This story was updated at 10:25 a.m. EDT.
Federal regulators rejected two capacity market reform proposals from Eastern grid operator PJM Interconnection in a Friday decision divided along partisan lines, setting aside concerns that the move could undermine state energy policies.
The Federal Energy Regulatory Commission decision, which one industry lawyer called "seismic," argues that PJM's current tariff is unjust, unreasonable and unduly discriminatory because it fails to protect competition in the region's wholesale capacity market from state policies to subsidize renewable resources and nuclear power.
PJM, which oversees the grid in 13 states in the Mid-Atlantic and eastern Great Lakes region, operates a capacity market that allows utilities and other electricity suppliers to purchase power to meet demand three years in advance.
PJM had sent two proposals to FERC earlier this year in an attempt to address the suppression of prices in that market, which it has said could limit investment (E&E News PM, April 9). The grid operator has argued in recent months that state clean energy subsidies allow renewable and nuclear generators to enter into capacity auctions at prices below their operating costs, pushing down overall market prices and potentially forcing other plants to shut down.
In its order Friday, the commission instead opened a 90-day "paper hearing" to consider an alternative approach: expanding the "minimum offer price rule" (MOPR) and implementing a similar mechanism to PJM's "fixed resource requirement" (FRR) tool.
The MOPR requires some capacity suppliers to meet minimum price bids. Currently, it only applies to new natural gas plants, but the expansion would apply it to all subsidized resources "with few to no exemptions."
And the FRR concept essentially allows resources that are getting out-of-market support to choose to be removed from the capacity market, while remaining in PJM's energy and ancillary services markets.
Comments are due on the proposal in 60 days, with 30 more days following that for reply comments.
"To us, the email equivalent of this is 'Please redesign and repair the capacity market by the end of the summer. Thanks!'" Raymond Gifford, managing partner at the Denver office of law firm Wilkinson Barker Knauer LLP, said in an email.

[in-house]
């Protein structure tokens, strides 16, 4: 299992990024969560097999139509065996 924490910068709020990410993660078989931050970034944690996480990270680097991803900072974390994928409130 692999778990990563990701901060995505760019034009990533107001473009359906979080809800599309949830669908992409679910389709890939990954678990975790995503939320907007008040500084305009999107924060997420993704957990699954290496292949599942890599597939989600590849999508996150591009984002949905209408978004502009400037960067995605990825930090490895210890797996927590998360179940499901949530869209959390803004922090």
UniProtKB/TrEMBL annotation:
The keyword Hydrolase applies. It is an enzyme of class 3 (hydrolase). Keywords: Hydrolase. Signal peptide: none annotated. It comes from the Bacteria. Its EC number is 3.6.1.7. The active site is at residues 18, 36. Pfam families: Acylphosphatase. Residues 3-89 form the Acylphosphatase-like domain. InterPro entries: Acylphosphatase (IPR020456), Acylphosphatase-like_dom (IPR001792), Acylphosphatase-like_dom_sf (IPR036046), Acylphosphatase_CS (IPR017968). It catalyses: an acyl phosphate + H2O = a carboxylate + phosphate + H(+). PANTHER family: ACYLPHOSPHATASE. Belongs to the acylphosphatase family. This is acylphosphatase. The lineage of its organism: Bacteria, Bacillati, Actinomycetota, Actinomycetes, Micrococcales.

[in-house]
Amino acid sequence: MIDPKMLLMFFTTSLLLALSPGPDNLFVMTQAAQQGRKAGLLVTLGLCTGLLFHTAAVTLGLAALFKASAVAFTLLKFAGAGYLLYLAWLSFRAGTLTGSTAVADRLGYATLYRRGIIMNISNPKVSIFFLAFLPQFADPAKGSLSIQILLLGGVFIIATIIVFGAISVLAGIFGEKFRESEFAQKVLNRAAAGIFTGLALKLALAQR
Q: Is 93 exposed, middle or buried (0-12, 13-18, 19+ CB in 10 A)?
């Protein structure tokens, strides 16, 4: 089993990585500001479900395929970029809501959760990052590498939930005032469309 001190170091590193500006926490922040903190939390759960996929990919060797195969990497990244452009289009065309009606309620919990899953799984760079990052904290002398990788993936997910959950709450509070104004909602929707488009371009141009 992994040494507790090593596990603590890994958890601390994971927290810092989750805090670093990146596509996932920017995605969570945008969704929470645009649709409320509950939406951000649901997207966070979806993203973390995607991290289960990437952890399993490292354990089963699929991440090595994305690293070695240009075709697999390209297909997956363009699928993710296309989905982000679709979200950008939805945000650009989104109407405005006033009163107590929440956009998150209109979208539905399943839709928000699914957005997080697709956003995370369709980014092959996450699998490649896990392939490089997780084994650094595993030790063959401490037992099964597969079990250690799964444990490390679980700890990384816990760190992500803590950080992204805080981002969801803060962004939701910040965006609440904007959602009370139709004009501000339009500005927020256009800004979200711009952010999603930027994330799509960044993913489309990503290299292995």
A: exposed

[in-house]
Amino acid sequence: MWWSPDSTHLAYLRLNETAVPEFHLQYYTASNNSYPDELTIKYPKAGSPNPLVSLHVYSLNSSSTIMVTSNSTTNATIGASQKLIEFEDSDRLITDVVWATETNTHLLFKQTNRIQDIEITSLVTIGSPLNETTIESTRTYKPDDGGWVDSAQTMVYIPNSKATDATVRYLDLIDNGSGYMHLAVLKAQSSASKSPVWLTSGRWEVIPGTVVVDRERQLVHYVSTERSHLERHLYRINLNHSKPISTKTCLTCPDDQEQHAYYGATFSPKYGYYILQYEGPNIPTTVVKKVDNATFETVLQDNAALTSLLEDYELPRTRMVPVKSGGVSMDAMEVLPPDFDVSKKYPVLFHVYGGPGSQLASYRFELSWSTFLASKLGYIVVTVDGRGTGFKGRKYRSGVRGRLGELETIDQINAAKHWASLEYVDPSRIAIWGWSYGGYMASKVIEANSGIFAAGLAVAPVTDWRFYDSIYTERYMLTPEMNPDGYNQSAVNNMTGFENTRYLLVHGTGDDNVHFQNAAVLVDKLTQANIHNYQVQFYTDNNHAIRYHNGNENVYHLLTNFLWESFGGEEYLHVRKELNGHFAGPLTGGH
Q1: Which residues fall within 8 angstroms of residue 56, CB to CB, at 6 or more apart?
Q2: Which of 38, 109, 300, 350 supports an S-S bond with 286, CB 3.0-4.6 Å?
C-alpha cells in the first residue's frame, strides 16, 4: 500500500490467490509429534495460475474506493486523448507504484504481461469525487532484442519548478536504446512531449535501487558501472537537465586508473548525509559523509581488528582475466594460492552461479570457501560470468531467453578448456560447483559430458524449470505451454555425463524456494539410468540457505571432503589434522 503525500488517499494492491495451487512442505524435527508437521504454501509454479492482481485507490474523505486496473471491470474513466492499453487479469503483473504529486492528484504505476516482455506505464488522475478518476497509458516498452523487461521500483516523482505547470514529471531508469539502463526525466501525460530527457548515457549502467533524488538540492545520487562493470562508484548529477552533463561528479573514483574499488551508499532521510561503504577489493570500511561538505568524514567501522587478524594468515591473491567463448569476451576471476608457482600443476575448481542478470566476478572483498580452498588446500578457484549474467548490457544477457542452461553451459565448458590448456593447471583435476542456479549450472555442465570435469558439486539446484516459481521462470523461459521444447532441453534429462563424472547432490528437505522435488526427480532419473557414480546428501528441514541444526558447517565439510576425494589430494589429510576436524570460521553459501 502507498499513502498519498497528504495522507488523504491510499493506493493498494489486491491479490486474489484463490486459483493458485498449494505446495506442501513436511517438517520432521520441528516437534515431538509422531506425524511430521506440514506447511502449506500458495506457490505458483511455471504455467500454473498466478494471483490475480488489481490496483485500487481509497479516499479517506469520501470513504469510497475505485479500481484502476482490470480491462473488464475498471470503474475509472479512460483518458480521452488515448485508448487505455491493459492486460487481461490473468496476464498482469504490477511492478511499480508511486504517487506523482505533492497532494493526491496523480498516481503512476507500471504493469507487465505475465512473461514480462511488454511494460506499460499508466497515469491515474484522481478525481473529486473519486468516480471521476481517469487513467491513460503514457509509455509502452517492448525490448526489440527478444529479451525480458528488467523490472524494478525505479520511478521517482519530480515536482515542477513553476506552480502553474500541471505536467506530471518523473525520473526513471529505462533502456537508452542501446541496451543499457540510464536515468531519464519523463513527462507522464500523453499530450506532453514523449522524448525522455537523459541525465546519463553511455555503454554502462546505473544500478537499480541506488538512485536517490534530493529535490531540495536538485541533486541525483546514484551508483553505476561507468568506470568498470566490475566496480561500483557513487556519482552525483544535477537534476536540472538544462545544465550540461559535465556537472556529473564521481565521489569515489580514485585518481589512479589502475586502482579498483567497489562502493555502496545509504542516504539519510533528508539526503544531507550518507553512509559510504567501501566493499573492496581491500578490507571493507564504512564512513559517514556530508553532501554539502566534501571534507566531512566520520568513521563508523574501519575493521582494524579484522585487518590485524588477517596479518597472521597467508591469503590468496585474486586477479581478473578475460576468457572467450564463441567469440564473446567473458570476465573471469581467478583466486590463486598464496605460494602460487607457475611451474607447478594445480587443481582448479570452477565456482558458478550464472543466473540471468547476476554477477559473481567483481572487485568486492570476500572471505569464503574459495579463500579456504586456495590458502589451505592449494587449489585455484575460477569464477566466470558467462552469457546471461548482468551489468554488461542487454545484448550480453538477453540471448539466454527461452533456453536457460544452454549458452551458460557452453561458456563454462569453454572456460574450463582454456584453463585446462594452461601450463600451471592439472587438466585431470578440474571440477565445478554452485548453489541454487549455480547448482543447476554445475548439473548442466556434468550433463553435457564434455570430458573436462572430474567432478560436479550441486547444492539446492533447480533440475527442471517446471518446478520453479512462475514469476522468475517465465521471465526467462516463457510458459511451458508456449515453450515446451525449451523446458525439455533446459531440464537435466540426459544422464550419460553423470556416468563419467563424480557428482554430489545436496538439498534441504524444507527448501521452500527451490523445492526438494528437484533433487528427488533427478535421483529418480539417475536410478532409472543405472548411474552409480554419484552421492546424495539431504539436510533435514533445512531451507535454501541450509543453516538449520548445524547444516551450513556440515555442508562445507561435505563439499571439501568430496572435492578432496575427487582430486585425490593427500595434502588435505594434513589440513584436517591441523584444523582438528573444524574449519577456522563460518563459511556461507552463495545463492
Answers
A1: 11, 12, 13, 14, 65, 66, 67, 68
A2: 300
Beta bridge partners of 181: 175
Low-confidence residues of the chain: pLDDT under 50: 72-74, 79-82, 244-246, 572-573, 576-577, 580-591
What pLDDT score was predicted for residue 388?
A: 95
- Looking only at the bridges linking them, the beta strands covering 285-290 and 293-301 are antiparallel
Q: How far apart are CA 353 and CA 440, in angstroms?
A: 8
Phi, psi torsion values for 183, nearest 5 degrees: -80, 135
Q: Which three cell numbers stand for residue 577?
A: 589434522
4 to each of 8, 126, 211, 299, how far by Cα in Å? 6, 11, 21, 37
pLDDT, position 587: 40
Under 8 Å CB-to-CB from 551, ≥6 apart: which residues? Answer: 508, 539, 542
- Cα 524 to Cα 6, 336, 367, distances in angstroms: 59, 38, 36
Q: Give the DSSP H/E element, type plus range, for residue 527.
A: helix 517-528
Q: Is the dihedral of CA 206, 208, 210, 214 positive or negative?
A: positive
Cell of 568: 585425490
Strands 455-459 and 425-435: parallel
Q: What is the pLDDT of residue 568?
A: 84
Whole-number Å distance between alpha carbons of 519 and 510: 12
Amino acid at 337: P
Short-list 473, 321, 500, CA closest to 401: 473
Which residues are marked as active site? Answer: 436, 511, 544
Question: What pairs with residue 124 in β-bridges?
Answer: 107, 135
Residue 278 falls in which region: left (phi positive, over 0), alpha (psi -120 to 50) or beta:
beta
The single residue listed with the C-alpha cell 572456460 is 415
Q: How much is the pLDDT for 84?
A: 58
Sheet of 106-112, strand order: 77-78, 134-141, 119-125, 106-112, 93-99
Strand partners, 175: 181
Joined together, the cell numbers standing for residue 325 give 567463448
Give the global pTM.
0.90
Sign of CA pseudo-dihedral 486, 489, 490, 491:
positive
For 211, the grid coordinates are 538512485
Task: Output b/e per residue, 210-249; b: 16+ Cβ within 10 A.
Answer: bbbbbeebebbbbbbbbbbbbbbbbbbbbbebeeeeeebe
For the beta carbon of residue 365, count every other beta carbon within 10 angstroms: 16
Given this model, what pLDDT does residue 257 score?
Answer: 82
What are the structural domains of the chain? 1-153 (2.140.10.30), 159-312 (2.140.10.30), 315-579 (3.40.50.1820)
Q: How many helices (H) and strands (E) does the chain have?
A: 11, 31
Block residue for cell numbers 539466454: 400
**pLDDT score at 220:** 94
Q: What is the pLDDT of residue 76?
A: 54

In a statement, a PJM spokesperson said the grid operator is "pleased that the Commission is taking action to address the price-suppressive impacts of resources that receive out-of-market payments on competitive wholesale markets."
"The Order appears to be a positive step to change competitive electric market design while recognizing the important role states play in influencing the resource mix through retail energy policies. We will begin work immediately to develop the kind of bifurcated capacity construct envisioned by the Commission and actively engage stakeholders, including the states, within the timetable laid out by the Commission," PJM said.
The two Democrats on the commission both dissented from FERC's order, calling it a hasty fix and an "act of regulatory hubris."
Commissioner Richard Glick said that the proposed changes would force state-supported resources to make a "false option" between participating in the capacity market with the expanded MOPR, which would mean a significant risk that they would not clear the market, or choosing the FRR and forfeiting any chance of receiving a capacity payment.
To put it another way, in the words of University of Richmond energy law professor Joel Eisen, "FERC's aim is clear: force subsidized resources to compete without the subsidies, or leave the markets altogether."
"Rather than interfering with state policies that address externalities associated with electric generation, such as greenhouse gas emissions that contribute to the existential threat of climate change, the commission should be striving to accommodate and give effect to those state initiatives," Glick said.
His fellow Democrat, Cheryl LaFleur, acknowledged that the increase in state subsidies does challenge the capacity market ability to deliver benefits.
But, she said, "I am concerned that the desire for action has led the commission to pursue a flawed and rushed process that could do more harm than good."
One of the Republicans who voted to approve the order, Commissioner Robert Powelson, will be leaving the agency in mid-August. If his seat is not filled quickly, the vacancy could lead to 2-2 ties on a broad variety of issues, potentially stalling FERC's agenda (see related story).
Reporter Rod Kuckro contributed.
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